Through photos and stories I will share how this wonderful trek enriched my life and broaden my understanding of myself, others and the world around me.

Postscript:

I returned to Macedonia in 2010, 2011 to visit and for projects and in 2012 for a short Response Corps Peace Corps (RCPC) assignment. In 2011, I served in the Republic of Georgia on another short RCPC project. This summer, I will be visiting Macedonia for a month; it is time to introduce my new husband to my second home. 

 

The learning and the fun never has to end!

Learning to check your expectations with your luggage!

Chaska, Macedonia 2013 Mountain Road

An unplanned journey, and a day I will remember always – near Chaska, Macedonia.

I’m finishing-up my third Peace Corps assignment, and will be heading back to the States on Valentine’s Day – a sweet treat for sure. I served with the Peace Corps from 2006-2009 in the Republic of Macedonia, 3.5 months in the Republic of Georgia, 2011-2012, and I’m now finishing a 3.5 month assignment in Macedonia.

A big part of the joy I have experienced in my work here and in Georgia has to do with being open to exploring and understanding different cultures. So, earlier this week, when I opened my email and read an e-newsletter about “Cultural Intelligence”, I started thinking about what I’ve learned by living and traveling abroad and how those lessons have shaped my life.

My favorite line in the article is . . . “The last part of cultural intelligence relates to how you behave, and, in particular, how well you adapt when things don’t go according to plan.”

While living abroad I quickly learned that some of my richest and most rewarding moments were dependent on how well I adapted when things turned out differently than I expected, which led to an even more valuable lesson – to be truly happy abroad – it’s best to check your expectations with your luggage!

And, guess what? The amazing part of that lesson is it works just as well at home as it does abroad! Letting go of your expectations, is one of the keys to being truly happy – anywhere, anytime. When we let go of what we expect to happen and how we expect others to act and react, the happier and more fulfilling our lives become.

Expectations take-up a great deal of room in our hearts and in our heads and require loads of effort to maintain, which leaves very little space and energy for understanding, communication,  growth, and happiness.

Think about it.

  • How many times a day do you get frustrated with the actions or non-actions of yourself or others?
  • How many times in your life have you look backward or forward through a very narrow lens, shaped almost entirely by your or other’s expectations, and felt embarrassed, sad or stressed?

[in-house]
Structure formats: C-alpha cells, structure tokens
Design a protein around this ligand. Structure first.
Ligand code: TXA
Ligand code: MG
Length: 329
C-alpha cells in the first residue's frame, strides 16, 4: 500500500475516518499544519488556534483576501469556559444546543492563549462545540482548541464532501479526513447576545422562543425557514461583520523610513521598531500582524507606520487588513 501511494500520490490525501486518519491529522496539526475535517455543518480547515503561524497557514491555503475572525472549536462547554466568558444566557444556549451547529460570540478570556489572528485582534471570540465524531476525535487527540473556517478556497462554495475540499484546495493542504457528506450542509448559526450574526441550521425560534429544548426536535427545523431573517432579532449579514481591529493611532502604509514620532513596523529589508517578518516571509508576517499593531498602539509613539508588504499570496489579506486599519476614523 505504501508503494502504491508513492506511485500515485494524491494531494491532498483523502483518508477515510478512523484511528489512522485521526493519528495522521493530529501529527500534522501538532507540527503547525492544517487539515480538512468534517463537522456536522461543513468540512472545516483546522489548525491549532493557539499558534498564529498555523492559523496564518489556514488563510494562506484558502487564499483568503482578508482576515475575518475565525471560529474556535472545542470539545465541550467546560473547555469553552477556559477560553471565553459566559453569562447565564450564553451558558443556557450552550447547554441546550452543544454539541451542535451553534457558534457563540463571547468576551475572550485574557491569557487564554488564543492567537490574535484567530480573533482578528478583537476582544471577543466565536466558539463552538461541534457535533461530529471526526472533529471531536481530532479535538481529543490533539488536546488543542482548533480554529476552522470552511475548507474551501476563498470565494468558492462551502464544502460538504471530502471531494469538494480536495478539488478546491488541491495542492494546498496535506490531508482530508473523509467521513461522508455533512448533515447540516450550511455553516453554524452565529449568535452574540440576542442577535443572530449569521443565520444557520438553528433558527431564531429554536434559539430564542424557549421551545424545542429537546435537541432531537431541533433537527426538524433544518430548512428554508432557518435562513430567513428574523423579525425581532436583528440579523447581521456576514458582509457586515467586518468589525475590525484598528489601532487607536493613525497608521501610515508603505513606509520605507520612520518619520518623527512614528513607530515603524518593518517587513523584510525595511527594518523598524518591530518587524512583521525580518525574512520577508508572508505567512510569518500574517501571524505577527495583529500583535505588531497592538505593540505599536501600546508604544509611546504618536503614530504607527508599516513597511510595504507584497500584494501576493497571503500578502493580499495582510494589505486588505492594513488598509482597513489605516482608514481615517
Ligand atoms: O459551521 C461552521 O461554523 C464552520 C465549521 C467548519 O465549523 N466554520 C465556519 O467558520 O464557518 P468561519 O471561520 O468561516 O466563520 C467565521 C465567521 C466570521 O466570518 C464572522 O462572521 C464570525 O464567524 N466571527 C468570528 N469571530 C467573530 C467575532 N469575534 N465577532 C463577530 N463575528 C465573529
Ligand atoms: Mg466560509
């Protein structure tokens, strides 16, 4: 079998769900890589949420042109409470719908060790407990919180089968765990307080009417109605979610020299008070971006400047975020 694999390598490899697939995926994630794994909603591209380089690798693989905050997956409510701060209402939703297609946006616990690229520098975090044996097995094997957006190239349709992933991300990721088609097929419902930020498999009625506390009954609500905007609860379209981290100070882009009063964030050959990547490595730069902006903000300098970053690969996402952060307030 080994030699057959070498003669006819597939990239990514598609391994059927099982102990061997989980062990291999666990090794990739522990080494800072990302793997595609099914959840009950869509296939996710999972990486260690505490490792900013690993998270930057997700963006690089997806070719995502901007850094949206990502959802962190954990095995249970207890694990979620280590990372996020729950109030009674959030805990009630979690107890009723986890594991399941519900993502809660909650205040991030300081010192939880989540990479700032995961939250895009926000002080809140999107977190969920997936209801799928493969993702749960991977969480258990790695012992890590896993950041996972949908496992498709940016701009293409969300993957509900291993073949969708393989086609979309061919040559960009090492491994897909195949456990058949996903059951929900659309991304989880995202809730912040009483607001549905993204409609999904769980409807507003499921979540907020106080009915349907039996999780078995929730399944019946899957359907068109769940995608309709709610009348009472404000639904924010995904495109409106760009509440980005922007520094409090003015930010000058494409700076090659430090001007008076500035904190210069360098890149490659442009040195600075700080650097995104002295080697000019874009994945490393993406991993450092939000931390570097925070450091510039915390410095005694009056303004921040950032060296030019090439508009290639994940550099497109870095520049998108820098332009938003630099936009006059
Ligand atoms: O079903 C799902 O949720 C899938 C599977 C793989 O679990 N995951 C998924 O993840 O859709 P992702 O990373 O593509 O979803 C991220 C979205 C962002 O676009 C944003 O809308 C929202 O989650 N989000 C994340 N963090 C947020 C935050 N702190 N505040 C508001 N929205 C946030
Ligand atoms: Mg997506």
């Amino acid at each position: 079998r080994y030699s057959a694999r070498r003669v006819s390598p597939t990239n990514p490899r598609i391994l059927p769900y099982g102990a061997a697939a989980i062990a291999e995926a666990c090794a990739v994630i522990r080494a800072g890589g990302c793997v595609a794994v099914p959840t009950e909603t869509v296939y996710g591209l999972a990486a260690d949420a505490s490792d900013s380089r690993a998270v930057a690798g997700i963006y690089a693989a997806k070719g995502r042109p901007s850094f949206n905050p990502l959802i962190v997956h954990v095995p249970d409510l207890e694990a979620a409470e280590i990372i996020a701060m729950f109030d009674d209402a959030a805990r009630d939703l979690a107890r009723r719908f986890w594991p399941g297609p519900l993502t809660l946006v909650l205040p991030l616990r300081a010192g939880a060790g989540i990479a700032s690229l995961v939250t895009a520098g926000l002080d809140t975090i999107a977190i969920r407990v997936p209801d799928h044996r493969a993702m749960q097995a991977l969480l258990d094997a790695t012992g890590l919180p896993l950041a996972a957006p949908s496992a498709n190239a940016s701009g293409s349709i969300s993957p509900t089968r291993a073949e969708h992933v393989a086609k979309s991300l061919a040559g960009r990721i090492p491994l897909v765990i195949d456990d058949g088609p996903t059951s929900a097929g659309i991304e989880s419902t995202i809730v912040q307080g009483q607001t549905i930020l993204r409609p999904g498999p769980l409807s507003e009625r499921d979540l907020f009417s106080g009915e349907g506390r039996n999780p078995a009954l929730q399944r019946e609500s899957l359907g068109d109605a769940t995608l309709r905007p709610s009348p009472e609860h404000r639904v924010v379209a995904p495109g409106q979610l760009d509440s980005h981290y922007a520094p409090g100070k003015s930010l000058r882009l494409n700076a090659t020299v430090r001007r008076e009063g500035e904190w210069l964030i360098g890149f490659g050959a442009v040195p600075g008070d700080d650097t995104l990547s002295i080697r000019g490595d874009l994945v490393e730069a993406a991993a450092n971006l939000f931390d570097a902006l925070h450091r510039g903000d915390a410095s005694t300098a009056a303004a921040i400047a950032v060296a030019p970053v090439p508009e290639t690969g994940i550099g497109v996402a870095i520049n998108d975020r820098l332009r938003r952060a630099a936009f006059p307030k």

• Wouldn’t it be nice to leave all that behind?

Why not give yourself a special gift this Valentine’s Day and lessen your expectations for yourself and others (past, present and future) and increase the likelihood that happiness will find a special place in your heart and grow to become the sweetest part of your life?

“Sreken pat” or happy journey, as they say to travelers in Macedonia, and may your happiest journey be your life.

Elephants never forget . . .

I’ve been thinking how lucky I am to have such warm and wonderful friends here in Macedonia and in the States, and since my Peace Corps Response project is at the Bitola Zoo, it seemed like a good time to share with you this video that my best friend from junior and senior high school, Sally, recently posted on Facebook.

Tarra, the best friend a dog could have.

Tarra, the best friend a dog could have.

The video features the unusual and enduring friendship of an 8,700 pound Asian elephant, Tarra, and a tiny stray dog, Bella, who live at The Elephant Sanctuary in Tennessee. Besides playing and enjoying their daily walks through the 2,700 acre sanctuary, Tarra showed her deep devotion to Bella by keeping vigil for three weeks when Bella had a spinal cord injury in 2010 and had to stay inside the clinic on the sanctuary grounds. The elephants at the sanctuary usually befriend another elephant and shy away from the dogs, but Tarra was different. She was not concerned about her little friend’s size or the sound of his bark, only the connection they somehow felt. Unfortunately Bella, passed away in 2011, but before she died, she and Tarra had spent almost everyday together for 8 years! It’s a heartwarming tale, and a touching reminder that elephants never forget  – a friend, and we shouldn’t either.

The holidays are a great time to call old friends and let them know just how much they mean to us. Many of us call or write at this time of year to say “Hi” and share what’s been happening, but why not take a moment or two to let the folks you care about know how much their friendship has meant to you. It’s a super, sweet, holiday treat that doesn’t require shopping, ordering, baking or mailing!

I’ll be calling Sally cross-continents to let her know, don’t forget to call someone you care about, too.

Choices and change

Creating the life you want involves choices. 

I made a wonderful choice a few months ago, and I am now back in the United States Peace Corps as a Response Corps Volunteer in the beautiful  country of Macedonia. I spent three years in Macedonia from 2006-2009 as a Peace Corps Volunteer living and working in the Municipality of Bitola. I’ve been lucky enough to journey back here for pleasure and projects each fall since then.

When the opportunity to serve again with the Peace Corps in Macedonia arose earlier this year, I decided to give it a go. Response Corps and I are good friends. Last year, after visiting Macedonia for 6 weeks, I flew to the Republic of Georgia to serve as a Response Corps Volunteer at the Ministry of Environment for three and a half months. As always, I had a great time, learned a lot about myself and the world and lived with an amazing host family in TbilisiResponse Corps offers short-term, very focused assignments to former Peace Corps Volunteers, and now for the public, as well.